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Department of the Languages and Cultures of the Near and Middle East

Arabic Womens' Writing

Course Code:
155901406
Unit value:
1
Year of study:
Year 4
Taught in:
Full Year

This course explores ancient and modern Arabic women’s writing through the prisms of Arabic literary criticism and feminist theory.  In the realm of Classical Arabic literature, the course will lead students through an array of pre-modern textual genres including the pre-Islamic elegy, Umayyad and Abbasid love poetry and Andalusian strophic verse, as well as prose forms such as speeches, letters and hagiography.  Then, in the modern domain, the course will survey women’s contributions to free verse, the essay, autobiographical writing, the short story and the novel. Theoretical and critical approaches will focus on grammatical gender, sexualised imagery, women’s association with the oral, the interplay of literature and folklore, and structures of narrative voice.  The course will be taught through weekly two-hour interactive lectures with a high degree of student input.  Each week students will be expected to prepare brief comments on their readings in order to contribute effectively to class discussions.

Prerequisites

Successful completion of the year abroad programme, or equivalent knowledge of Arabic.

Objectives and learning outcomes of the course

On successful completion of the course, a student should be able to demonstrate the ability to: 

  • Analyse Arabic primary texts in terms that are language- and gender-specific
  • Situate Arabic women’s writing in Arabic literary history
  • Theorise correspondences between literary texts
  • Engage with English-language literary theory
  • Synthesise evidence from primary and secondary readings in the formation of an original argument
  • Exercise time management in the formulation and substantiation of an argument

Workload

This course will be taught over 20 weeks with a 2 hour lecture.  

Scope and syllabus

This course is aimed at BA Arabic students returning from their year abroad who have a high degree of reading fluency and are able to engage in close readings of Arabic texts.  Most of the secondary literature will be in English, but extracts from Arabic-language theory and criticism will also be assigned. The syllabus will typically cover the following thematic units:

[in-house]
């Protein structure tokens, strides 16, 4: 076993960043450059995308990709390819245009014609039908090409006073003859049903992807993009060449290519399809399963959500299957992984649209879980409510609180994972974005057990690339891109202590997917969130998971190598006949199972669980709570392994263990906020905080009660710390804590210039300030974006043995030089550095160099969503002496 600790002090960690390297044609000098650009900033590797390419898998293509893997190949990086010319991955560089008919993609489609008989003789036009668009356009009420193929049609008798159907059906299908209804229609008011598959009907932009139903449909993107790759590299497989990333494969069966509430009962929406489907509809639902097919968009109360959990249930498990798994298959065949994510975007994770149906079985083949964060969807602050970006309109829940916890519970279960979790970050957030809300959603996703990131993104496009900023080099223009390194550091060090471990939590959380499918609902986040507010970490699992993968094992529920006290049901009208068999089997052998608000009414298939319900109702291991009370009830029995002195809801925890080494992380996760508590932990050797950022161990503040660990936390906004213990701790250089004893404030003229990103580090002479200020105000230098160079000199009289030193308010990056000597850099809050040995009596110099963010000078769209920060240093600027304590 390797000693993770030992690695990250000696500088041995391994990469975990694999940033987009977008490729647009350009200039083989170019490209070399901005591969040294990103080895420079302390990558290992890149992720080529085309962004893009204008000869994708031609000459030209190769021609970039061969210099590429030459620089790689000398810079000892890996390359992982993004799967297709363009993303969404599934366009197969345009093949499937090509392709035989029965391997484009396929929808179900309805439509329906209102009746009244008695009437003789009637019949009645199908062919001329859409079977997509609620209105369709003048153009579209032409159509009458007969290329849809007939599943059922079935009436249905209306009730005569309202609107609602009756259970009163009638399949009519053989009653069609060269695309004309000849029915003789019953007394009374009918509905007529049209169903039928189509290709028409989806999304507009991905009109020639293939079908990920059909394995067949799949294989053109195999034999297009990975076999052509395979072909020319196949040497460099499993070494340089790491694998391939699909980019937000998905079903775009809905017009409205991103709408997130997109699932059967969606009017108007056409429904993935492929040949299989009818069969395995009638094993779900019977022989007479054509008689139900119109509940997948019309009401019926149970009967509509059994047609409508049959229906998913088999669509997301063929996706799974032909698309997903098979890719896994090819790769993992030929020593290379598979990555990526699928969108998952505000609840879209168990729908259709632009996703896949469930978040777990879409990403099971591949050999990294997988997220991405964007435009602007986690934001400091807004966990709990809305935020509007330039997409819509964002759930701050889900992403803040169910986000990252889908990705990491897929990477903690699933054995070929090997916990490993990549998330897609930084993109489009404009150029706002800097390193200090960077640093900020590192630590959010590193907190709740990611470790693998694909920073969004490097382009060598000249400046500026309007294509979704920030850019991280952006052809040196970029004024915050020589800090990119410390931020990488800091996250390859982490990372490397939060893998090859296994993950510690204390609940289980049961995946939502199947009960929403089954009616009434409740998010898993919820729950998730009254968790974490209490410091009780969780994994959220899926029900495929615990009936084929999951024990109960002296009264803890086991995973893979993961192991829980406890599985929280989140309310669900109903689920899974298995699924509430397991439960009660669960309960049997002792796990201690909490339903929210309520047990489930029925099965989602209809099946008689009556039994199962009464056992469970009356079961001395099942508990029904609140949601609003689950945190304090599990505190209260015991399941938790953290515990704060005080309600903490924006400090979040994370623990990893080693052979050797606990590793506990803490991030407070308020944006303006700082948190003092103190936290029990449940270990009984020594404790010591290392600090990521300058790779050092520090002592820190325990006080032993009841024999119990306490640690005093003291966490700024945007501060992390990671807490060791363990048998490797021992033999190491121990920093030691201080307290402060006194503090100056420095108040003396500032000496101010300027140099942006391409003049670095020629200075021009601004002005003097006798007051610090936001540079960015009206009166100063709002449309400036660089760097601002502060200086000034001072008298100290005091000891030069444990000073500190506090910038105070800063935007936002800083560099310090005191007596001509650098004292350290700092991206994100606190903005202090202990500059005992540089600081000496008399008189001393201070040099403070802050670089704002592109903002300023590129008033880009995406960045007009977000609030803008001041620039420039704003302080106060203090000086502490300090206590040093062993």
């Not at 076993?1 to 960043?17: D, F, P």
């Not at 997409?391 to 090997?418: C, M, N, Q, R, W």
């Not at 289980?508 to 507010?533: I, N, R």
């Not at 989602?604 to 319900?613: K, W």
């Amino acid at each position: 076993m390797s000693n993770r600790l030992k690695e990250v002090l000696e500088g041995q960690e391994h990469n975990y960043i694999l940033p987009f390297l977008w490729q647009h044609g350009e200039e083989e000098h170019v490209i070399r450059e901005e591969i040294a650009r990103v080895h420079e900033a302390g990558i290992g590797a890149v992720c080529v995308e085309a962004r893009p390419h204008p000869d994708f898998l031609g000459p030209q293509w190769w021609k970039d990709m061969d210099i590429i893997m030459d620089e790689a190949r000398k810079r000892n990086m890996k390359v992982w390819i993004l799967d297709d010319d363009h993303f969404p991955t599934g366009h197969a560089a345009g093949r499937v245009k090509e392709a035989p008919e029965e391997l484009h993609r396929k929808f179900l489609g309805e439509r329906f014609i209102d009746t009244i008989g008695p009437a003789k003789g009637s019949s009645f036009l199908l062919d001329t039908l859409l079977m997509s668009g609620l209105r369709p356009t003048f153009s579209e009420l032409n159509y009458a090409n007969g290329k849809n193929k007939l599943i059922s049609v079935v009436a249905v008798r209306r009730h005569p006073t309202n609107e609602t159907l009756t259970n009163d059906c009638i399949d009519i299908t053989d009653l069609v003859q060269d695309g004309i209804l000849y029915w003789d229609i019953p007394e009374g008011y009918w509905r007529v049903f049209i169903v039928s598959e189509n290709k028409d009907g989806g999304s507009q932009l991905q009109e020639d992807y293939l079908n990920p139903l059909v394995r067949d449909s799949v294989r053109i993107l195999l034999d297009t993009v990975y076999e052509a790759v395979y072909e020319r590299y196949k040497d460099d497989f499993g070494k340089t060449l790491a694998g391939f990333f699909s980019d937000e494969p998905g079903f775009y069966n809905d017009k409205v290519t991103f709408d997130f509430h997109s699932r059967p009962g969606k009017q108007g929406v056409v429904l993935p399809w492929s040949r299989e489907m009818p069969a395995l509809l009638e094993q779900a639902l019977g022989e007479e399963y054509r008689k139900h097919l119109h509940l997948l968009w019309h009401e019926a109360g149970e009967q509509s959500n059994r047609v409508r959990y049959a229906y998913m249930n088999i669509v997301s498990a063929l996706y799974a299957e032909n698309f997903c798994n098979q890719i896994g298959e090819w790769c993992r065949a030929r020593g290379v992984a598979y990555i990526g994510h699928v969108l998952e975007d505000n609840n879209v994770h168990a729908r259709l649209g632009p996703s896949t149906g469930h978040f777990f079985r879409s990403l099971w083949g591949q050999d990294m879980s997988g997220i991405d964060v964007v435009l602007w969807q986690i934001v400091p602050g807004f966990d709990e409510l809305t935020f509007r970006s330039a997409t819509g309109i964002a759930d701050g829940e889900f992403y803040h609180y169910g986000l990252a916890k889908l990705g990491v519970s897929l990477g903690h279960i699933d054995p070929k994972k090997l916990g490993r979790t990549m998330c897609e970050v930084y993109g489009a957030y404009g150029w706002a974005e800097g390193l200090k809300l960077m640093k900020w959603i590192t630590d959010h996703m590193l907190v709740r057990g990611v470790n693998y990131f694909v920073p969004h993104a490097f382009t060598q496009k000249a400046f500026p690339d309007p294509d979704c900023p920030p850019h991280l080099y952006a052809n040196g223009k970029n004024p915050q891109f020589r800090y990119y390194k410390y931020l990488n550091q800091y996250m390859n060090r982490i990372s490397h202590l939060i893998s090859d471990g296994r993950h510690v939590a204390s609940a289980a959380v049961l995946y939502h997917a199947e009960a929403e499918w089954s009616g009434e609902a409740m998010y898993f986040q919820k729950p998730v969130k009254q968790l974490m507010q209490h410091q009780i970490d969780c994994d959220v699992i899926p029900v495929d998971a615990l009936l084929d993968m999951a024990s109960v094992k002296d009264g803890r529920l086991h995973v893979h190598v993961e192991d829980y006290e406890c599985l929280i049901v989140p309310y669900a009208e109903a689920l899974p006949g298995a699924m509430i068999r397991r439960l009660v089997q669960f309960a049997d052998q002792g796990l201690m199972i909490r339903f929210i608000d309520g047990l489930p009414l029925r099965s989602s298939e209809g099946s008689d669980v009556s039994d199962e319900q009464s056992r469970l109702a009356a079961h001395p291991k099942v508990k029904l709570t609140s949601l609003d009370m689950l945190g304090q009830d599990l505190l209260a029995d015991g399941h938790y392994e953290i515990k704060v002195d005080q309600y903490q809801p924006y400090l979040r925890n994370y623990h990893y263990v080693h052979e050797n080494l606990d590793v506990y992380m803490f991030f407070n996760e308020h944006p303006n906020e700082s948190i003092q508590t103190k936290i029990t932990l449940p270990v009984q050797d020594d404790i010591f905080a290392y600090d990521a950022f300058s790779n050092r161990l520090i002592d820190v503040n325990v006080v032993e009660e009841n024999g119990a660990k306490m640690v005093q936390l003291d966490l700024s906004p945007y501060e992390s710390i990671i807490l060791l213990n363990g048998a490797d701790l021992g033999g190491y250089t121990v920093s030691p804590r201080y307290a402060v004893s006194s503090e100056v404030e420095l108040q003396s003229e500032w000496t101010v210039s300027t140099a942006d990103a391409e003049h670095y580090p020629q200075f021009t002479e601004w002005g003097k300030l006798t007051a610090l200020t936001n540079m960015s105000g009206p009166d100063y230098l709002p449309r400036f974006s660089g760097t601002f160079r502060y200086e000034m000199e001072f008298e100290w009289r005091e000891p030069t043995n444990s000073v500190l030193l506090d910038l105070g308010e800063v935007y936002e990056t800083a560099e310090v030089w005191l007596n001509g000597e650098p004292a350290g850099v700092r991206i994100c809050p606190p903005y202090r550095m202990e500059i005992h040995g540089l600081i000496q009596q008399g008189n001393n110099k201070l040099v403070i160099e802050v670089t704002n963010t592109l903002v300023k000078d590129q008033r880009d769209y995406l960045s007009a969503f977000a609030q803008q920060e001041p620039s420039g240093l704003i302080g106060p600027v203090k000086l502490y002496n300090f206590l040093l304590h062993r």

Elegy and the ‘Poetess-Persona’

This unit will discuss the emergence of the woman poet as mourner in pre-literate pre-Islamic Arabic verbal culture and question its premises and assumptions through interpretations of selective elegies by poets such as al-Khansa’ and Layla al-Akhyaliyya.  The mournful stance of the female poet will be assayed against the nostalgia and machismo that characterise much of the male-authored poetic canon.

Gendered Interlocutions

In this unit we will consider the ways in which women’s verse—and particularly amorous and satirical verse—occurs in a kind of dialogue with men’s, both insofar as their poems are composed in a call-and-response mode and also as women’s poetic voices are embedded in prose narratives which are often folkloric in nature.  Verses attributed to Fadl al-Sha‘ira, ‘Ulayya Bint  al-Mahdi, Nazhun, and various heroines of the so-called ‘Udhri love stories will be studied in this regard.

Sacred Herstories

An examination of the figure of the female soothsayer with her bits of wisdom as well as the more elusive character of the katiba (or scribe) will introduce this unit on prose genres, where we will study speeches and letters as well as hadith literature.  Prominent women from early Islamic history feature centrally here, as we will read texts by Fatima al-Zahra’ and ‘A’isha Bint Abi Bakr.  Hagiographical writing by the 16th-century mystic and scholar ‘A’isha al-Ba ‘uniyya may also be explored.

Textual Formulations of the Early Modern Women’s Movement